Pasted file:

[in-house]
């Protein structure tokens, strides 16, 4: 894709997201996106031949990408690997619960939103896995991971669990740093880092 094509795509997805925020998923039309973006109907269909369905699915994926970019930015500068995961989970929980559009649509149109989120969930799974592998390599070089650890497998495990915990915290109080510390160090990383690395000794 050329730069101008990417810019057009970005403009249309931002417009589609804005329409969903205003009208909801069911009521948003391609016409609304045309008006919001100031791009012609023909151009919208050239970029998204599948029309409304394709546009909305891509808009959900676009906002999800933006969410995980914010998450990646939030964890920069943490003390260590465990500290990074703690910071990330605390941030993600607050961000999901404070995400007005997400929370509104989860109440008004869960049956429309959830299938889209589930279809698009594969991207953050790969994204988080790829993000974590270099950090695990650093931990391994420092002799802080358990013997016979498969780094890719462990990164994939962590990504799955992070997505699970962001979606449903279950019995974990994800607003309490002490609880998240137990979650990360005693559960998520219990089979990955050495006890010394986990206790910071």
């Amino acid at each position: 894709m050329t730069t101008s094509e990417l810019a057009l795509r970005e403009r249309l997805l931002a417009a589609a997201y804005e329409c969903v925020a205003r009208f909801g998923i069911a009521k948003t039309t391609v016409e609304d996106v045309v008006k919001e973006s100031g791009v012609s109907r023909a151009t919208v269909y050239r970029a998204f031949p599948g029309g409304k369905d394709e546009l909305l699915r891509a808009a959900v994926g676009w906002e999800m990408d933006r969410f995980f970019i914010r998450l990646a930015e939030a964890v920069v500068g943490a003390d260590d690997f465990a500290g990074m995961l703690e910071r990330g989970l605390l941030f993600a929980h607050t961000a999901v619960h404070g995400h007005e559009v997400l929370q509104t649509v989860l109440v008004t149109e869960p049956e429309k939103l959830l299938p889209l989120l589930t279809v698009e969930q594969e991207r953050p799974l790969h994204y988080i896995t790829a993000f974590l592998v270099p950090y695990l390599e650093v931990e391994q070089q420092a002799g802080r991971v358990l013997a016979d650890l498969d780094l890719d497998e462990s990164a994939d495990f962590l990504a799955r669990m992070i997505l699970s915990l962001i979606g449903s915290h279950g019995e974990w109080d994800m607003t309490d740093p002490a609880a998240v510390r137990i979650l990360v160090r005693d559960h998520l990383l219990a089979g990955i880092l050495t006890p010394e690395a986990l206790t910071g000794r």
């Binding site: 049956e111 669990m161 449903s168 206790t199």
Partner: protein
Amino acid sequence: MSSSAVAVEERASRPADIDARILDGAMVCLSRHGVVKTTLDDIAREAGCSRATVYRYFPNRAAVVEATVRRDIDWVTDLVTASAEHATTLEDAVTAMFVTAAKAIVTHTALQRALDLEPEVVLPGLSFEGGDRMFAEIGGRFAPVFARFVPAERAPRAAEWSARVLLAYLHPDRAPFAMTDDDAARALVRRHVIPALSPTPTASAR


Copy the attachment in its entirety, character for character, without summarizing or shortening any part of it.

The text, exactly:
[in-house]
């Protein structure tokens, strides 16, 4: 894709997201996106031949990408690997619960939103896995991971669990740093880092 094509795509997805925020998923039309973006109907269909369905699915994926970019930015500068995961989970929980559009649509149109989120969930799974592998390599070089650890497998495990915990915290109080510390160090990383690395000794 050329730069101008990417810019057009970005403009249309931002417009589609804005329409969903205003009208909801069911009521948003391609016409609304045309008006919001100031791009012609023909151009919208050239970029998204599948029309409304394709546009909305891509808009959900676009906002999800933006969410995980914010998450990646939030964890920069943490003390260590465990500290990074703690910071990330605390941030993600607050961000999901404070995400007005997400929370509104989860109440008004869960049956429309959830299938889209589930279809698009594969991207953050790969994204988080790829993000974590270099950090695990650093931990391994420092002799802080358990013997016979498969780094890719462990990164994939962590990504799955992070997505699970962001979606449903279950019995974990994800607003309490002490609880998240137990979650990360005693559960998520219990089979990955050495006890010394986990206790910071």
């Amino acid at each position: 894709m050329t730069t101008s094509e990417l810019a057009l795509r970005e403009r249309l997805l931002a417009a589609a997201y804005e329409c969903v925020a205003r009208f909801g998923i069911a009521k948003t039309t391609v016409e609304d996106v045309v008006k919001e973006s100031g791009v012609s109907r023909a151009t919208v269909y050239r970029a998204f031949p599948g029309g409304k369905d394709e546009l909305l699915r891509a808009a959900v994926g676009w906002e999800m990408d933006r969410f995980f970019i914010r998450l990646a930015e939030a964890v920069v500068g943490a003390d260590d690997f465990a500290g990074m995961l703690e910071r990330g989970l605390l941030f993600a929980h607050t961000a999901v619960h404070g995400h007005e559009v997400l929370q509104t649509v989860l109440v008004t149109e869960p049956e429309k939103l959830l299938p889209l989120l589930t279809v698009e969930q594969e991207r953050p799974l790969h994204y988080i896995t790829a993000f974590l592998v270099p950090y695990l390599e650093v931990e391994q070089q420092a002799g802080r991971v358990l013997a016979d650890l498969d780094l890719d497998e462990s990164a994939d495990f962590l990504a799955r669990m992070i997505l699970s915990l962001i979606g449903s915290h279950g019995e974990w109080d994800m607003t309490d740093p002490a609880a998240v510390r137990i979650l990360v160090r005693d559960h998520l990383l219990a089979g990955i880092l050495t006890p010394e690395a986990l206790t910071g000794r």
């Binding site: 049956e111 669990m161 449903s168 206790t199």
Partner: protein
Amino acid sequence: MSSSAVAVEERASRPADIDARILDGAMVCLSRHGVVKTTLDDIAREAGCSRATVYRYFPNRAAVVEATVRRDIDWVTDLVTASAEHATTLEDAVTAMFVTAAKAIVTHTALQRALDLEPEVVLPGLSFEGGDRMFAEIGGRFAPVFARFVPAERAPRAAEWSARVLLAYLHPDRAPFAMTDDDAARALVRRHVIPALSPTPTASAR